In what was once unthinkable, annual profits for each of the top attorneys at one L.A. law firm have topped $4 million.
Quinn Emanuel Urquhart & Sullivan LLP reported a profit per partner of $4.2 million last year, up 15 percent from 2010, according to the Business Journal’s annual list of local law firms. That easily outpaces runner-up Gibson Dunn & Crutcher LLP, which reported $2.5 million.
It was only a decade ago when the first local law firms breached the $1 million-per-partner profit threshold. Quinn Emanuel didn’t join that club until 2004. But since then, the firm has seen the most rapid improvement in this crucial, though controversial, metric.
William Urquhart, Quinn Emanuel name partner, attributed the profit boost to payouts from a number of major contingency case wins. Also, he said, many of the firm’s attorneys posted sharp increases in billable hours.
Why so much focus on profits per partner?
Over the last decade, it’s become the single most important factor that top-level partners look at in determining whether to stay put or move to another firm.
“Put simply, it’s become a reality that if you don’t have a profitable law firm, you are in danger of a more profitable law firm recruiting your partners,” Urquhart said. “Conversely, if you do have a profitable law firm, you have a distinct advantage in attracting legal talent.”
But with so much focus on this measurement, law firms have been known to juice up their profits-per-partner figures to make themselves more marketable to top attorneys.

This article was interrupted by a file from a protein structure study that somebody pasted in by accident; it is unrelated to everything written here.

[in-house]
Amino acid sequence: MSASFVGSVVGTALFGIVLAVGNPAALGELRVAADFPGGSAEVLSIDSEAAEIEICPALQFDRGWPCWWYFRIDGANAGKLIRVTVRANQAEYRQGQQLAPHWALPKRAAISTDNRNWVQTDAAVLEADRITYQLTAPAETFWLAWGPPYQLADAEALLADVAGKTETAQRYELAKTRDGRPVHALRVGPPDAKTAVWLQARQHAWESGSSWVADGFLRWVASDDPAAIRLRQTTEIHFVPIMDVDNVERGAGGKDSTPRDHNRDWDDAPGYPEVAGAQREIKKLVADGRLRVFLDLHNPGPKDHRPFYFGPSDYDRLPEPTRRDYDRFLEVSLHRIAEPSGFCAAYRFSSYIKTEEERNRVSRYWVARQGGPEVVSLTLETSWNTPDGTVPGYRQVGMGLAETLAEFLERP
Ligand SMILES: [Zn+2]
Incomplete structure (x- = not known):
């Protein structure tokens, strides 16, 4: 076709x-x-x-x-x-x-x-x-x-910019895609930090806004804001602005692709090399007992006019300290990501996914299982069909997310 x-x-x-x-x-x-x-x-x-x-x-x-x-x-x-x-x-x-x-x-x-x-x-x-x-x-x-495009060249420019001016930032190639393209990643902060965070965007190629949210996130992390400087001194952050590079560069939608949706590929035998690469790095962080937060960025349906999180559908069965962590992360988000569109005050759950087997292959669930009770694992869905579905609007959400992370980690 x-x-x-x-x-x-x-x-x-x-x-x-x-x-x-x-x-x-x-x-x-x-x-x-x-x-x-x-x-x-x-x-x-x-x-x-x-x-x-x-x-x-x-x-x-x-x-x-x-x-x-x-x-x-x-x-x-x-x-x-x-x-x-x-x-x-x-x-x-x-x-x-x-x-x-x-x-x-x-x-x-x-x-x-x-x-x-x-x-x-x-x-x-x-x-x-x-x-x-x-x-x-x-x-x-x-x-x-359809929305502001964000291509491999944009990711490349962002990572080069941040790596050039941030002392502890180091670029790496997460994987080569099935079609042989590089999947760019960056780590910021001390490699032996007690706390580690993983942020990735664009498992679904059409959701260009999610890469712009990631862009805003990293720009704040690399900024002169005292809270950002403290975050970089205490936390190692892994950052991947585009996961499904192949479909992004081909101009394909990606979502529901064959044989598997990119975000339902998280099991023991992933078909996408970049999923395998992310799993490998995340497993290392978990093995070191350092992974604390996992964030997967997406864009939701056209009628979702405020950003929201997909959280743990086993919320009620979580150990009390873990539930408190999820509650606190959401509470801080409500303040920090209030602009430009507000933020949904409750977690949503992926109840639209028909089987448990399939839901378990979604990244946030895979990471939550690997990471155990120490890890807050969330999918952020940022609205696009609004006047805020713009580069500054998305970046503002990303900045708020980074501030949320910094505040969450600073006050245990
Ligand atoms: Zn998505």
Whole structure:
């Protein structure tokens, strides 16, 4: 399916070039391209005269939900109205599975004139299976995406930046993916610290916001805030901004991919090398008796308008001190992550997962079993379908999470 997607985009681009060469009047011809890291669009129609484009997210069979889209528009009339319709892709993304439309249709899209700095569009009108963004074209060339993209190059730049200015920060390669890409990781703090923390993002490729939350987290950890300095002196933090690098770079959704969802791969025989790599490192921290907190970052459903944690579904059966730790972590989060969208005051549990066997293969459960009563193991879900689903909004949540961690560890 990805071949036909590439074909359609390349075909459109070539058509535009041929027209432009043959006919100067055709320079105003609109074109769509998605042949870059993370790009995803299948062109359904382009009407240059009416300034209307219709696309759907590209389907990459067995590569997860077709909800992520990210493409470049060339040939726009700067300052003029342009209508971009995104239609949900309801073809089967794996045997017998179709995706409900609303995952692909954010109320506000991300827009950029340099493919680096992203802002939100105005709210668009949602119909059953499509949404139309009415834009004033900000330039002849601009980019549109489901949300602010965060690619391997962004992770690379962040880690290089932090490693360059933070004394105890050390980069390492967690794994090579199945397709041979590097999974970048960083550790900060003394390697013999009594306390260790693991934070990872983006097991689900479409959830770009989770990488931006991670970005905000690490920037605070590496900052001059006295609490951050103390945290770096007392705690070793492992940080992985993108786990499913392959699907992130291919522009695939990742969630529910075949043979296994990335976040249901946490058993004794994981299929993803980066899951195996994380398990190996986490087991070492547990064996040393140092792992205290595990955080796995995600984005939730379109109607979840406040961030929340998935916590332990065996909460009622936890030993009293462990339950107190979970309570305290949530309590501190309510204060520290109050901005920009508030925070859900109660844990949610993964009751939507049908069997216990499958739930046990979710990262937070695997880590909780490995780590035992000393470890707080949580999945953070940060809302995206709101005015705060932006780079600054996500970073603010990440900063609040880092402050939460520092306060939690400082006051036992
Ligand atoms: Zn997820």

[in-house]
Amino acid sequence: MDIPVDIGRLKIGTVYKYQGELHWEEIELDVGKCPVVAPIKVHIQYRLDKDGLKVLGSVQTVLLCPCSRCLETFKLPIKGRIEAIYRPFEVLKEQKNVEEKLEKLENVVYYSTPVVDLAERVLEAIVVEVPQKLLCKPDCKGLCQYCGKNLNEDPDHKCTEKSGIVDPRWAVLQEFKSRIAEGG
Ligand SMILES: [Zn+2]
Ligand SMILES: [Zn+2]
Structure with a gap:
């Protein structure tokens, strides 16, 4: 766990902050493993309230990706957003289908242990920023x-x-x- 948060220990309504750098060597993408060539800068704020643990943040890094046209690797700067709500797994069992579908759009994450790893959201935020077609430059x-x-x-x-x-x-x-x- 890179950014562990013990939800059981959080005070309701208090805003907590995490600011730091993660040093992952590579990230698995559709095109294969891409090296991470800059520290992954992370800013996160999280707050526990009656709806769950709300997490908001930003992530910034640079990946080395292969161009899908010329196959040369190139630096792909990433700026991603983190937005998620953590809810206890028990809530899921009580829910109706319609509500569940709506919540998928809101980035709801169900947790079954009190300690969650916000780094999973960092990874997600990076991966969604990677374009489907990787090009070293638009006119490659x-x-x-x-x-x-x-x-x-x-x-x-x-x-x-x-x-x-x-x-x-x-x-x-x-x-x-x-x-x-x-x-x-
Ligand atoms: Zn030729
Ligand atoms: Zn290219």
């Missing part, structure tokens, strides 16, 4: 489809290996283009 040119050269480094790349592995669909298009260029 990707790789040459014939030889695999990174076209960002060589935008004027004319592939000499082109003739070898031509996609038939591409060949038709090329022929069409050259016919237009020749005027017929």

“There’s a lot of smoke and mirrors with these profits numbers to make the profitability seem higher than it really is,” said Sandy Lechtick, chief executive of Esquire Search Inc., a Woodland Hills recruiter for the legal industry.
The easiest way to increase profits per partner is to keep down the number of partners who receive the profits. Some law firms have long had equity partners that receive profit payouts and nonequity, or income, partners who get salaries and bonuses.
For example, West L.A.-based Manatt Phelps & Phillips LLP had 98 partners in its L.A. offices last year, but only 33 equity partners, for a ratio of roughly two income partners for each equity partner.
In the 25 years since introducing the tiered partner structure, this ratio of income partners to equity partners has widened, according to Manatt Chief Executive and Managing Partner William Quicksilver.
“As the firm has grown, a two-tiered partnership has allowed Manatt the flexibility to promote lawyers to partner status,” he said.
Only those income partners who generate significant business from existing and new clients, exercised leadership roles within their practice groups or contribute to the firm’s overall strategic objectives move up to become equity partners, he added.
In recent years, more law firms have adopted this tiered partner strategy, keeping a tighter lid on the number of equity partners. Of the 100 law firms on the Business Journal list, 28 reported a tally of equity partners that was lower than the number of overall partners.
“Law firms used to do this quietly, but in recent years, it’s come out in the open,” Lechtick said.
Then there’s the tiering of profit payouts. A law firm that lists its profits per partner at $1 million could pay what it considers its top equity partners $2 million and the rest $500,000. Under that scenario, Lechtick said, income partners may earn more than the lower tier of equity partners.
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